Pier Pressure: Pier 42 Gets New Renderings and Pier 55 Still Looks Good

Pier 42 Rendering looks great for the Lower East Side

Rendering via The Broadsheet

Whereas Pier 55 and Pier 47 (Superpier) have taken center stage among NYC’s pier redevelopment projects, Pier 42, the redesign of which has been on ice for awhile, may soon transfporm into a beautiful public space for the Lower East Side. During a meeting only a couple weeks ago, The Lower Manhattan Development Corporation planned to allocate $17 million for its redevelopment, with $7 million for the first phase.

Mathews Nielsen Landscape Architects released several renderings, and the plans call for a bike path and strategic marsh areas, both of which ostensibly function as part of the Big U flood protection system. As a much needed green space, the tract will include a children’s playground, grass lawns, and an educational park. Construction is optimistically slated for next spring.

Meanwhile on the other side of Manhattan, futuristic Pier 55’s latest cost estimate is $130 million, and it’s slated for a 2018 completion date. The pylon-supported island on the Hudson will include a 700-seat amphitheater, not to mention stunning views of the Manhattan skyline. Barry Diller, who with Diane von Furstenberg is privately funding the project, will maintain it for 20 years after its completion. Designed by Thomas Heatherwick, its organic form is pretty reminiscent of Bjarke Ingels’ designs — actually, according to the Times, Mr. Diller considered both Bjarke Ingels and Santiago Calatrava (whose own forward-thinking work is apparent in the World Trade Center Transportation Hub).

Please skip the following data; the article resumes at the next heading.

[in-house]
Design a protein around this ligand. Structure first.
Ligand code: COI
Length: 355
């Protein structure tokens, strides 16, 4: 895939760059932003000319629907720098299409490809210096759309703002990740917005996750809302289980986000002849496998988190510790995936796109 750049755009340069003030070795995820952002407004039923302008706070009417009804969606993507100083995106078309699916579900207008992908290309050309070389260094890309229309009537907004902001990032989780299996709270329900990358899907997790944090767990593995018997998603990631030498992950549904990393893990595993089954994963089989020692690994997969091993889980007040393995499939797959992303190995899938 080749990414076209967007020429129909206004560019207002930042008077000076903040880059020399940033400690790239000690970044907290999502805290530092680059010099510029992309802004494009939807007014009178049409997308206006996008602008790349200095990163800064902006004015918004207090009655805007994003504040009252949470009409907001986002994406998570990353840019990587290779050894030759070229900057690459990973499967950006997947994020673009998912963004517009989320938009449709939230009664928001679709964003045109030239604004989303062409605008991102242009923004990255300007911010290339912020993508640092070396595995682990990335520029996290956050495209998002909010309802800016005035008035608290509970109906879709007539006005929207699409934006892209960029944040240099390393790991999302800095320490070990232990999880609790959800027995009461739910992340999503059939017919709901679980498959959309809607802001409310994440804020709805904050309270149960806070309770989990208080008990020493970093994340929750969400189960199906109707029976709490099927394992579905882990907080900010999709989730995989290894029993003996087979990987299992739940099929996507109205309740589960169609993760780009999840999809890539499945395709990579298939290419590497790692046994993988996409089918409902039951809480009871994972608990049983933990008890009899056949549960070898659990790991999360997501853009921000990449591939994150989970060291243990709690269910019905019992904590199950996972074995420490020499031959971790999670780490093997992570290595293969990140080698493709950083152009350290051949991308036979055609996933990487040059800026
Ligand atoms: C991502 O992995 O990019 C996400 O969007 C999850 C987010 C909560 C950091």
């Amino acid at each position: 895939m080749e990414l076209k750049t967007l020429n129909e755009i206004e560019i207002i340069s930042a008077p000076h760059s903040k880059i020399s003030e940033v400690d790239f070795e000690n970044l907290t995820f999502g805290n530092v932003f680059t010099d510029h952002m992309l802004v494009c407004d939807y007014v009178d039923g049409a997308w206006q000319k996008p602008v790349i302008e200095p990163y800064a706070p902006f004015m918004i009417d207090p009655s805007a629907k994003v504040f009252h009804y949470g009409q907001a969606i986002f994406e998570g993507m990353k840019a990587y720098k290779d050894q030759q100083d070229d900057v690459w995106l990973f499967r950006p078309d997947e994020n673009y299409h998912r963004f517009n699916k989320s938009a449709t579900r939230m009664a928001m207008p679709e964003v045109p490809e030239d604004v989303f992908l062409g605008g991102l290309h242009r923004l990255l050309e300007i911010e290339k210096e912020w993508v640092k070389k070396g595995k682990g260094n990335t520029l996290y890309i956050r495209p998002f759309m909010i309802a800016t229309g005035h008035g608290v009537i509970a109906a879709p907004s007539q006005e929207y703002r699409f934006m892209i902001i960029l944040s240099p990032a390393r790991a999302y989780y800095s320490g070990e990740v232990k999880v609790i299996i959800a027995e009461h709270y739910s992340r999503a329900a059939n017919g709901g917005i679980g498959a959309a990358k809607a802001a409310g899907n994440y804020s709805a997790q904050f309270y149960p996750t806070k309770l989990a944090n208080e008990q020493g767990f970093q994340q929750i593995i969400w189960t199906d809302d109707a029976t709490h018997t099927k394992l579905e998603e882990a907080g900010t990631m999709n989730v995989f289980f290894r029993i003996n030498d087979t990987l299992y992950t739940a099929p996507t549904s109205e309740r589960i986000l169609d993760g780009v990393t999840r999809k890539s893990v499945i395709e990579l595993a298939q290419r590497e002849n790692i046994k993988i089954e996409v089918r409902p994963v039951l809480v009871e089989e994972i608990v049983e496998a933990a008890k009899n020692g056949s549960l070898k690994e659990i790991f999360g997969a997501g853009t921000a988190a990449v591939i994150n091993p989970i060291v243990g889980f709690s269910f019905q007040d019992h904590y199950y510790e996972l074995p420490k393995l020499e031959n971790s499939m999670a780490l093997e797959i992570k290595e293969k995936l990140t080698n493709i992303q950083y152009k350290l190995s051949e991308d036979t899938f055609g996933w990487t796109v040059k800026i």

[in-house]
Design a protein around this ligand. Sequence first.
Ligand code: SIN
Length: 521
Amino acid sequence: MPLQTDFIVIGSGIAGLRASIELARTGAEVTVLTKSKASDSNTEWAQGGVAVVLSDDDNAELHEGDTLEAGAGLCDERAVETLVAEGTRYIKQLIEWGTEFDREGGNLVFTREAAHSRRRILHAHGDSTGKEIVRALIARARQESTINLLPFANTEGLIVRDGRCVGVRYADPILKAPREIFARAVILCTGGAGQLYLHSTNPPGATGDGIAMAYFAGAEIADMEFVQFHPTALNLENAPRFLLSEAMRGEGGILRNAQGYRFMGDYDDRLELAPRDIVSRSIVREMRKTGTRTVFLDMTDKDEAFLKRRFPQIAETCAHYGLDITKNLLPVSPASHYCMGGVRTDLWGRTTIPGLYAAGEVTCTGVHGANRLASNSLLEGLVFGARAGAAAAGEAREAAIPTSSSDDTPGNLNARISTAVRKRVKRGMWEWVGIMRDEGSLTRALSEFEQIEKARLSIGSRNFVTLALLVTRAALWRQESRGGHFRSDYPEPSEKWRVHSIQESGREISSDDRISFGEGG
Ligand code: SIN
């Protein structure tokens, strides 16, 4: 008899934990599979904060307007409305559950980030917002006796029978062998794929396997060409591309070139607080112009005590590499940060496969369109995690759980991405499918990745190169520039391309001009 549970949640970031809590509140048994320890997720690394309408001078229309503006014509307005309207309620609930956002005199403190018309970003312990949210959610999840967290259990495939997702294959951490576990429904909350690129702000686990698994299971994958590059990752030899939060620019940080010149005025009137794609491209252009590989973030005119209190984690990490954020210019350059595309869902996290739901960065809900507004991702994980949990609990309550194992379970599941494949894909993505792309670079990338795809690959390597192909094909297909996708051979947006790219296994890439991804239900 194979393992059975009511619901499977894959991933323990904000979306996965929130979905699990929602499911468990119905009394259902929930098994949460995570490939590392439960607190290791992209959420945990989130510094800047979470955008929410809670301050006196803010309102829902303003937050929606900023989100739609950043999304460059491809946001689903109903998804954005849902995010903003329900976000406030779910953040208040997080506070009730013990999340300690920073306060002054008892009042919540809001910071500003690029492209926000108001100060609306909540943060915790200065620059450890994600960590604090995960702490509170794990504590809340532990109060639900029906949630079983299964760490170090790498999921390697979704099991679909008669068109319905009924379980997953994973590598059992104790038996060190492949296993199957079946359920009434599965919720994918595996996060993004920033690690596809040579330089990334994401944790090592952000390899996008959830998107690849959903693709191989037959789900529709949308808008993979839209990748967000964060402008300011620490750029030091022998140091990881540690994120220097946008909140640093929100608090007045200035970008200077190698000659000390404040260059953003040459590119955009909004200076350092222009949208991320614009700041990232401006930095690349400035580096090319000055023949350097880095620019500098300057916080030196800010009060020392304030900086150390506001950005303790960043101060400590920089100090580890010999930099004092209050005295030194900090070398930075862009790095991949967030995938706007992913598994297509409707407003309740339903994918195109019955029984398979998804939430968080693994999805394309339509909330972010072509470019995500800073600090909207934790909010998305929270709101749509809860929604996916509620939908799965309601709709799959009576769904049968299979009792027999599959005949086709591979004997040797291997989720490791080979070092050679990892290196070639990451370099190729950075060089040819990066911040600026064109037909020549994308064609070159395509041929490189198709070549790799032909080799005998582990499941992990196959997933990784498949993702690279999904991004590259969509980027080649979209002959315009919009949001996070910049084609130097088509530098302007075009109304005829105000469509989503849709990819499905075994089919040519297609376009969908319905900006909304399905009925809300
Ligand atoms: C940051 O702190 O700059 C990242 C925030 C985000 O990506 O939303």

Thomas Heatherwick certainly has an impressive portfolio. In Manhattan, he’s concurrently working on the a sculpture for the Hudson Yards megaproject. While there’s no rendering or illustration available to the public just yet, New York YIMBY paraphrased one witness’s description as “resembling the shape of a chalice, rising higher than the 100-foot-tall Culture Shed.” For his part, Mr. Heatherwick declined to answer the New York Times directly, but promised that it would be “something that engages the city, not something you just stand back and look at.”

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